The fiction around legalising marijuana
Sometimes fiction is much more illuminating than fact. A case in point is a new novel by Michael Wilding, one of the stalwarts of Australian contemporary fiction. The Sydney writer’s ‘In the Valley of the Weed’, released this week, examines some key issues and implications of the move to decriminalise marijuana, a hot topic nowadays.
One of the leading characters of Wilding’s deeply subversive novel is Tim Vicars – an academic suspended because of his politically incorrect emails, who disappears. Then there’s Plant, the private detective hired to find him. Vicars’ major research project is on the implications of decriminalising marijuana.
The novel’s conspiracy theorist, Fullalove, explains: “This is going to be like tobacco. Or alcohol. This isn’t legalisation. This is monopoly control and regulation. The lobby for decriminalising isn’t about growing your own half dozen plants in the back yard. That’ll still be illegal. It’s all about profit for the monopolies and government revenue-raising through excise tax. The tobacco companies are desperate.
“They need a new product. Marijuana’s their last hope of staying in business. Think of all the investors. Think of the potential profit. This is about paving the way for government, Big Pharma and the tobacco companies to make money by monopoly control.”
Fullalove then outlines some of the problems. For 50 years there has been a thriving trade in marijuana. “If the trade’s legalised, a lot of people could lose a lot of money. It’s a goldmine as long as it’s prohibited. Those people aren’t going to be happy. And they’re powerful people. They’ve bought protection at the highest level; otherwise they wouldn’t be in business. Highest level means cops and politicians. Customs, military, the lot. They’re being paid off.
“If dope’s legalised, all that money’s going to dry up. Not just the crims are going to be mightily annoyed. So are the police and the politicians. Won’t be able to pay off their mortgages. So all that’s got to be taken into account, how far they’re going to go, decriminalising and regulating medical marijuana but keeping recreational use illegal so there’s still a shitload of money to be made.” Good point.
Early in the novel, Plant observes Fullalove removing rat droppings from his marijuana stash. Plant suggests that if the trade did end up franchised by transnational pharmaceuticals or the tobacco companies, they might get some quality control and “dope that’s free of rat turds and dog hairs”.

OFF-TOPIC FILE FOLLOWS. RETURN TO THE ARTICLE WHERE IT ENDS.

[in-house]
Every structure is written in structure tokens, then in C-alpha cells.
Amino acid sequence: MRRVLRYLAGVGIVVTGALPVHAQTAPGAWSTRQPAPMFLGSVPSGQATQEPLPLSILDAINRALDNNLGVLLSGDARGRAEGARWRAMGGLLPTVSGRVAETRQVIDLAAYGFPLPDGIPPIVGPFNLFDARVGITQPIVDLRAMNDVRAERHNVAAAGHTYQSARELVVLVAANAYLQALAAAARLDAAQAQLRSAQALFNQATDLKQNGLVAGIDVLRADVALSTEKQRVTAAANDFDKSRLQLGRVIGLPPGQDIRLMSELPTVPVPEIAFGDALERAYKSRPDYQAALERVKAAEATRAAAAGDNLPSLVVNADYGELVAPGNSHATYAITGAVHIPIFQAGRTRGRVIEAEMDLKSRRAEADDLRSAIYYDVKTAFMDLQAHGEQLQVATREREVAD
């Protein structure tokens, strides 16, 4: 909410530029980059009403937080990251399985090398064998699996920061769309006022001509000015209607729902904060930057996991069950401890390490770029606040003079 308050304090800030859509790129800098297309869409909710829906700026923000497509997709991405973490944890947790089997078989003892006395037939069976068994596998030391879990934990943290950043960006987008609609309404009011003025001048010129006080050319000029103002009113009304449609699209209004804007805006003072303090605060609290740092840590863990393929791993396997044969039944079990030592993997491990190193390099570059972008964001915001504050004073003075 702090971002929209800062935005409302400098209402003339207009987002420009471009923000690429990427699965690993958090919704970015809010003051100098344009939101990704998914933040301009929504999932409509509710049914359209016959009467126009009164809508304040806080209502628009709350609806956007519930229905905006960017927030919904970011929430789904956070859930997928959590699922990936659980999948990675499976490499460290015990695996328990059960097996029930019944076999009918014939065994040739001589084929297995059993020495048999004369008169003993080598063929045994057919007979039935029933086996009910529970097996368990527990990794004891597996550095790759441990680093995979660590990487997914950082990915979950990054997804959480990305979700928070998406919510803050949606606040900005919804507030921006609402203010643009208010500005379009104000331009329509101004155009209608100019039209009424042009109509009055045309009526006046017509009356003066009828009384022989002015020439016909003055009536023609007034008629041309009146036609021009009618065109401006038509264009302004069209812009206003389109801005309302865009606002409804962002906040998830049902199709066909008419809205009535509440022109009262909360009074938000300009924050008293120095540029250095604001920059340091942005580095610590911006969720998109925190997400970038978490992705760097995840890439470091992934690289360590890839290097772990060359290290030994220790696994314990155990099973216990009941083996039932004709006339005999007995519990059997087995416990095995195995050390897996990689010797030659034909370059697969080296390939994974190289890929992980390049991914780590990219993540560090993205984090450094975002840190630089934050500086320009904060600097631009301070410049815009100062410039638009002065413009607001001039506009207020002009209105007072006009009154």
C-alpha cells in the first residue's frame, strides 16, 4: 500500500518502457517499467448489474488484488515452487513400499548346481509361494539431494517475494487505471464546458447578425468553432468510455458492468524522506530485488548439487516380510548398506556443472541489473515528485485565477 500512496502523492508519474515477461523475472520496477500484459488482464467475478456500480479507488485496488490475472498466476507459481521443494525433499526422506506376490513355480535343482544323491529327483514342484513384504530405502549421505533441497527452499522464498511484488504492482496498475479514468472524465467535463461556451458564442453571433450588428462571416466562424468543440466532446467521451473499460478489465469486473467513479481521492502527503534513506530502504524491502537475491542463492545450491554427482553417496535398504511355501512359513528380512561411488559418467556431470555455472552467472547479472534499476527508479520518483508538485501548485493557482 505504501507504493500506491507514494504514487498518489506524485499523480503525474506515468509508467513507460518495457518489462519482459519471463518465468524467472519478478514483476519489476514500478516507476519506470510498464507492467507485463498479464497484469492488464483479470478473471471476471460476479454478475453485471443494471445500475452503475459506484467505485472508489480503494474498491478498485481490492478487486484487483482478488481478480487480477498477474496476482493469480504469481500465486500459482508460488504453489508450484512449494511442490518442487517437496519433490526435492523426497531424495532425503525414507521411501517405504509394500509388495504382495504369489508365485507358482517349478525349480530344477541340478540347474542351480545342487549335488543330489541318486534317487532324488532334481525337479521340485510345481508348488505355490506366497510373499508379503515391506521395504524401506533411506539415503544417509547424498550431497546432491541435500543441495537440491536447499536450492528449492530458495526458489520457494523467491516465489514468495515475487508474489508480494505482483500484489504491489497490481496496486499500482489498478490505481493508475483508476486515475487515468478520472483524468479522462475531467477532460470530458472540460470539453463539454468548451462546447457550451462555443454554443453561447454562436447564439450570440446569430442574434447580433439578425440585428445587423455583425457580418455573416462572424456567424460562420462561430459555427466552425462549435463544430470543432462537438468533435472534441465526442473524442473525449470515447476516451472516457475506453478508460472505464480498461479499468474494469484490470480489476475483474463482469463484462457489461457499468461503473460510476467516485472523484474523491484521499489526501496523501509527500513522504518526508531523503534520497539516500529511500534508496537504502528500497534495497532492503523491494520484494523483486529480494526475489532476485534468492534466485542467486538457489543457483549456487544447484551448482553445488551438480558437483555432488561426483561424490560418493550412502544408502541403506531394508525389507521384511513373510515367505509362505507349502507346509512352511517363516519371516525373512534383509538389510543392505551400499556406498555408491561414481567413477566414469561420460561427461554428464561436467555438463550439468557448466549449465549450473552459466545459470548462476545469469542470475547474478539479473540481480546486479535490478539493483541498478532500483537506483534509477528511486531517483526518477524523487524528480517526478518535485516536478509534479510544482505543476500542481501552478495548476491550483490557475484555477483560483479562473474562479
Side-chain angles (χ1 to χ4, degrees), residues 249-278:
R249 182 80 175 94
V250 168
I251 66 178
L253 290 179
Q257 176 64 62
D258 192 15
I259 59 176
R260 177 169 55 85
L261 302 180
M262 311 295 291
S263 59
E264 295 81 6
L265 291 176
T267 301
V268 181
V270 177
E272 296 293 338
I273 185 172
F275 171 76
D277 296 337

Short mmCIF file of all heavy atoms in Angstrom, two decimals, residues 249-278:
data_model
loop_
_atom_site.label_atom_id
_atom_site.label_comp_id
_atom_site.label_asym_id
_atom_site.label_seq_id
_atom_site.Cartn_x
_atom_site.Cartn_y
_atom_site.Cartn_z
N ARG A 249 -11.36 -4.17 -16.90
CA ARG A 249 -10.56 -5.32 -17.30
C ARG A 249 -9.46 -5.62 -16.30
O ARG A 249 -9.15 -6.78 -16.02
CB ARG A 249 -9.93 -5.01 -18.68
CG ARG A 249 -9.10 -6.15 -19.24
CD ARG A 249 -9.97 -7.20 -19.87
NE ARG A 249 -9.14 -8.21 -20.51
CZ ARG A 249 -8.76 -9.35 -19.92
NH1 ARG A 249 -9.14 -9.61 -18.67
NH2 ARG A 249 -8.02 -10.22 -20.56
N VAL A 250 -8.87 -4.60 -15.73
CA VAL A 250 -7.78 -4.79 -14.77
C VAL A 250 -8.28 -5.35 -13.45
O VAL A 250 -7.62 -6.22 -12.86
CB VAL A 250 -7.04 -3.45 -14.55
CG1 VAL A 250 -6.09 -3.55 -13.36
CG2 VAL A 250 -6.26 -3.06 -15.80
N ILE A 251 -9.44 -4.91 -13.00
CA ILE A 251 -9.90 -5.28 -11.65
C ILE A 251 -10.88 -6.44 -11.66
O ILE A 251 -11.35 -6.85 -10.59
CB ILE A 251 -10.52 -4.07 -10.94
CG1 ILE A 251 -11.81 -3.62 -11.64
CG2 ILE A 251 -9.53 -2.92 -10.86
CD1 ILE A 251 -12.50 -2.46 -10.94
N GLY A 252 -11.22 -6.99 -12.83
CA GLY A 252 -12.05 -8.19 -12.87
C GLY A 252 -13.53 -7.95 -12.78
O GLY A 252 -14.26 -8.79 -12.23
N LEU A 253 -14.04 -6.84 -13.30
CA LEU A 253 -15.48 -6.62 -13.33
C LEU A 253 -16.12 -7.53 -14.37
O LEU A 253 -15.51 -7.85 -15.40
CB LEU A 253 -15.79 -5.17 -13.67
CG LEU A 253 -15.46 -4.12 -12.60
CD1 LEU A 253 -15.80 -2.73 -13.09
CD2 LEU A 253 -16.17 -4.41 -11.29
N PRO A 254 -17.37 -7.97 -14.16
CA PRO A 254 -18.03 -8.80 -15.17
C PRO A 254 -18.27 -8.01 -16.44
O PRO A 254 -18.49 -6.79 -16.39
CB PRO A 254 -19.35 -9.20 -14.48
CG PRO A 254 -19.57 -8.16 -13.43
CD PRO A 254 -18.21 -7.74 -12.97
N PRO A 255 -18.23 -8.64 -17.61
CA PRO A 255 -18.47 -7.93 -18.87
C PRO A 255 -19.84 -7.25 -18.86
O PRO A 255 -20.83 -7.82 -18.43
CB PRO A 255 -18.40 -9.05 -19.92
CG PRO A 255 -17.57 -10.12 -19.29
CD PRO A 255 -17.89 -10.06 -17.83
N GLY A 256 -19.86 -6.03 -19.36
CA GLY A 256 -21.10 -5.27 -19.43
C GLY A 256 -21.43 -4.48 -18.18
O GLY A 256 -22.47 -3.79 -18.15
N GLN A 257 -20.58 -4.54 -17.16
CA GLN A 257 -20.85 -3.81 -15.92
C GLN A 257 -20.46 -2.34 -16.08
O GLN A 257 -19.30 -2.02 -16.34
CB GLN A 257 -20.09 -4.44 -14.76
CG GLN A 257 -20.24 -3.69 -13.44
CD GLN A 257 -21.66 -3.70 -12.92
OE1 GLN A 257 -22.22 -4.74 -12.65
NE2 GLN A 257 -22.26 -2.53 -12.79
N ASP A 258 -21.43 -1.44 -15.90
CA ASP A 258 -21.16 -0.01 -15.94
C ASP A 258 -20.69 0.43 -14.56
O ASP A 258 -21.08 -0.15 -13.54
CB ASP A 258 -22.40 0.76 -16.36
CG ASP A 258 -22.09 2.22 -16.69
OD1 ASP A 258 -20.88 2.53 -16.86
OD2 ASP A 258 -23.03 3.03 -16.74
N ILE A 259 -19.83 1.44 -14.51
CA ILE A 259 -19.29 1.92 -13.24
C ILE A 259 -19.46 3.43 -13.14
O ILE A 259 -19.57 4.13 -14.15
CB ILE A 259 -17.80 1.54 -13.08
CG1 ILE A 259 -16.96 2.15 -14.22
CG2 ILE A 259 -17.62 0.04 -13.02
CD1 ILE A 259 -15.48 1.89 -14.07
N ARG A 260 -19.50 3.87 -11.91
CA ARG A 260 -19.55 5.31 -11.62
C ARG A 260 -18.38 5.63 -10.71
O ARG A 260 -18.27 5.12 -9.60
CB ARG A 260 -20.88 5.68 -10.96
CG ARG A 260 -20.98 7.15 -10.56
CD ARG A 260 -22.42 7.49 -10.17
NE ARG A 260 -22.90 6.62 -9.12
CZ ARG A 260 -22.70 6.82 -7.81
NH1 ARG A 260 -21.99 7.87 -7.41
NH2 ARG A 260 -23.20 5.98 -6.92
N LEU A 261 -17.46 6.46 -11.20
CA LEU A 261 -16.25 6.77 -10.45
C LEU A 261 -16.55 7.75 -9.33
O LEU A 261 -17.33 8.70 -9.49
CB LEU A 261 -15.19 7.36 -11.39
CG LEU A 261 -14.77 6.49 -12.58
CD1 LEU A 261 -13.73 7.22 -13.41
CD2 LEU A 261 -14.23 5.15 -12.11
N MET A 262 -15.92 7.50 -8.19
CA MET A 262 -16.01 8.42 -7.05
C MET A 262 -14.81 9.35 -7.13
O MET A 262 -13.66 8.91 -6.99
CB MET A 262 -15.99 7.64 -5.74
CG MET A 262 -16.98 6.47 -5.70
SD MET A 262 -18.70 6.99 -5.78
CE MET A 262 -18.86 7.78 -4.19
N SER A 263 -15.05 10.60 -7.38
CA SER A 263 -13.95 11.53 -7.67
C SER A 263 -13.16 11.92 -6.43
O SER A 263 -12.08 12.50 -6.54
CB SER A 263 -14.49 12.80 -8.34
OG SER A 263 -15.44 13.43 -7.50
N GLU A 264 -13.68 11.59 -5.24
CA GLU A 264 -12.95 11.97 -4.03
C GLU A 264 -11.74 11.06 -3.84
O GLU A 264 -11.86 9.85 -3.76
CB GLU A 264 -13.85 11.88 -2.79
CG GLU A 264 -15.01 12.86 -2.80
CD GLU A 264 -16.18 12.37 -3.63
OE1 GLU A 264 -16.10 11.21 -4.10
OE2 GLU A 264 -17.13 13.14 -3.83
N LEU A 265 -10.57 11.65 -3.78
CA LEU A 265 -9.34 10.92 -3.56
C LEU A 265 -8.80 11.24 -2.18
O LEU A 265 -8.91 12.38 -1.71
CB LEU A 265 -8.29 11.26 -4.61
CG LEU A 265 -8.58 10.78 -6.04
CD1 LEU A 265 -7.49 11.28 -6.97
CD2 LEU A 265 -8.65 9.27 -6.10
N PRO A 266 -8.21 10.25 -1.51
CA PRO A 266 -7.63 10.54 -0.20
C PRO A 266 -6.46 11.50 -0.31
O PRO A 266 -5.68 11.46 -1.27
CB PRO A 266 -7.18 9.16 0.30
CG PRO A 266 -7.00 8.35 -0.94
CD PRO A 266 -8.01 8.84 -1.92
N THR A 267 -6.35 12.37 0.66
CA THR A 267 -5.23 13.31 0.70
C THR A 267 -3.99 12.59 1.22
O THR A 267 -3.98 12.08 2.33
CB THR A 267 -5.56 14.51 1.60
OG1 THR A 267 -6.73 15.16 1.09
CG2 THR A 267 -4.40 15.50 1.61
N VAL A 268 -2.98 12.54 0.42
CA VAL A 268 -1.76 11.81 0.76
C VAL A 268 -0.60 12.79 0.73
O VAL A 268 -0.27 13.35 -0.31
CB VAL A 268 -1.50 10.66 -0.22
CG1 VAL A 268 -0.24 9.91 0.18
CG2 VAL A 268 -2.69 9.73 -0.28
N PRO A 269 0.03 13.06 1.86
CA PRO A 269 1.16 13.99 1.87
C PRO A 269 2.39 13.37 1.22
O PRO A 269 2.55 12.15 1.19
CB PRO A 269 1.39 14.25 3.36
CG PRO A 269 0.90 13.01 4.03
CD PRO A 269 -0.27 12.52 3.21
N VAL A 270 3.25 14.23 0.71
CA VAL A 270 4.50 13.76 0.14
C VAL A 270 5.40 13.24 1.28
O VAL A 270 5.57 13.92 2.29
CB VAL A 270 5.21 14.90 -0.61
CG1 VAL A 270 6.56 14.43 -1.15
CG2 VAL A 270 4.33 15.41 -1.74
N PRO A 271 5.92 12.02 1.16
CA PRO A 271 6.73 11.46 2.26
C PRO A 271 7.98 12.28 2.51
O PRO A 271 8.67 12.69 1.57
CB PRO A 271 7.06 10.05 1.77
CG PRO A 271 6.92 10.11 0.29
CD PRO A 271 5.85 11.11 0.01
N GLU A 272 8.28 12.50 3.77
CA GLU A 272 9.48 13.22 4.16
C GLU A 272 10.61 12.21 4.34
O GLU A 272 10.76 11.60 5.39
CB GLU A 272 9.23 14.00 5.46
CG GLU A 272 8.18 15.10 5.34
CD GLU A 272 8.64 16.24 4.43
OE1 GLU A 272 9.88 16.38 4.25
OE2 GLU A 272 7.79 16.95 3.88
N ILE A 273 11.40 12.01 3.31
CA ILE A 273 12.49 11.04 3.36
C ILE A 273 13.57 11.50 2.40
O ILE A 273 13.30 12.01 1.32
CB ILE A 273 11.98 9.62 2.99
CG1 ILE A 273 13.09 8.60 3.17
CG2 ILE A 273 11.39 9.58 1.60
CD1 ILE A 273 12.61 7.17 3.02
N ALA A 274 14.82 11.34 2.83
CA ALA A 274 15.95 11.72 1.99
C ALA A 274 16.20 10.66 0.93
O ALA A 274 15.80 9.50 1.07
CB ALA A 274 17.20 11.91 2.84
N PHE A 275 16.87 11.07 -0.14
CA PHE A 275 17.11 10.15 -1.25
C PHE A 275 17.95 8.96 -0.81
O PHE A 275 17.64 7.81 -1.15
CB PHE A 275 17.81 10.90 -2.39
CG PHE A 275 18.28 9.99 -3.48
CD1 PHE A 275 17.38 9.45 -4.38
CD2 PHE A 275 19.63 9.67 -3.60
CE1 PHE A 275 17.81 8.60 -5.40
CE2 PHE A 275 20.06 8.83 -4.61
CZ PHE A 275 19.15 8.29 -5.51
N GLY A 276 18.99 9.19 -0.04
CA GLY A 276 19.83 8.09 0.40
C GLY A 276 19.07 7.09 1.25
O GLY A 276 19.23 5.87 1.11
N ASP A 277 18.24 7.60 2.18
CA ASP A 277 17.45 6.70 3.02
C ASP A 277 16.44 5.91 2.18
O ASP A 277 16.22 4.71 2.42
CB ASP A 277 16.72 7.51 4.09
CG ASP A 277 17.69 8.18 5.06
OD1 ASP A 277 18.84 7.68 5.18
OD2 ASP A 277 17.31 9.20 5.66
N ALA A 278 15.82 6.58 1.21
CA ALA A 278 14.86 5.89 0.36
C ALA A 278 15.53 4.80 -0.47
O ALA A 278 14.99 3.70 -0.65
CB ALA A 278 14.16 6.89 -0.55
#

But Fullalove responds: “I’d rather smoke dogs’ droppings than the chemical additives and preservatives they put in tobacco. And think about it, if they can impose forcible fluoridisation of the water supply, imagine what they could put into dope? Preservatives. Colouring. Taste enhancers. Things to get you hooked.”
As Wilding said to me recently, these days most supposedly libertarian campaigns turn out to be for unbridled, free market capitalism.
A fascinating element of ‘In the Valley of the Weed’ is to compare and contrast medical and recreational marijuana. As Wilding asks rhetorically: “Why would anyone do a project on decriminalising marijuana? The real drug issues are ice and opiates and cocaine and their derivatives. That’s where the social, health and crime issues are. But what other sort of research project would a university sanction?”
He continues: “Could it possibly be that Vicars’ line on decriminalisation was for the spread of well-being and universal happiness? In the words of the Nobel Laureate – ‘Everybody must get stoned?'” Excellent for some. But really, not very likely.
Wilding concludes that, despite all the hype, our governments won’t be decriminalising recreational marijuana any time soon. Arguing that governments need drugs to be widespread and illegal, he puts it thus: “Then you’ve always got something to hold over folks. Like the uncensored internet. They need all those paedophile sites and WikiLeaks and jihadist calls to arms and instructions on making a pressure cooker bomb like they need the place awash with dope, so they’ve got something to nail people with who are stupid enough to hit on those sites. Makes life easier.”
‘In the Valley of the Weed’ is a social satire and a conspiratorial novel par excellence. “What happened when they legalised homosexuality?” Fullalove asks. “Suddenly the cops and the security people had nothing to hold over all those poor frightened buggers they’d been threatening with exposure. Suddenly they’d lost all their snouts and grasses. So what happened?” According to Wilding the answer is all too predictable. They immediately flooded the place with dope.
“Now they’ve got something else to bust people for. And then offer them a choice. We’ll lose the paperwork and let it go if you just give us a few names. For the next 50 years of your life.” But actually the authorities don’t lose the paperwork. They just keep it up their sleeves — to hold against the many citizens who have broken the laws about marijuana possession and supply.
We can only hope that’s not how it will be in Australia in 2017, and beyond. But first-rate fiction has a strange talent for prescience, and Wilding’s novel may well be an example of that.
Ross Fitzgerald is emeritus professor of history and politics at Griffith University, the author of 39 books, including a memoir ‘My Name Is Ross: An Alcoholic’s Journey.’
The Canberra Times, December 27/28, 2016.
Also The Sydney Morning Herald & The Brisbane Times online.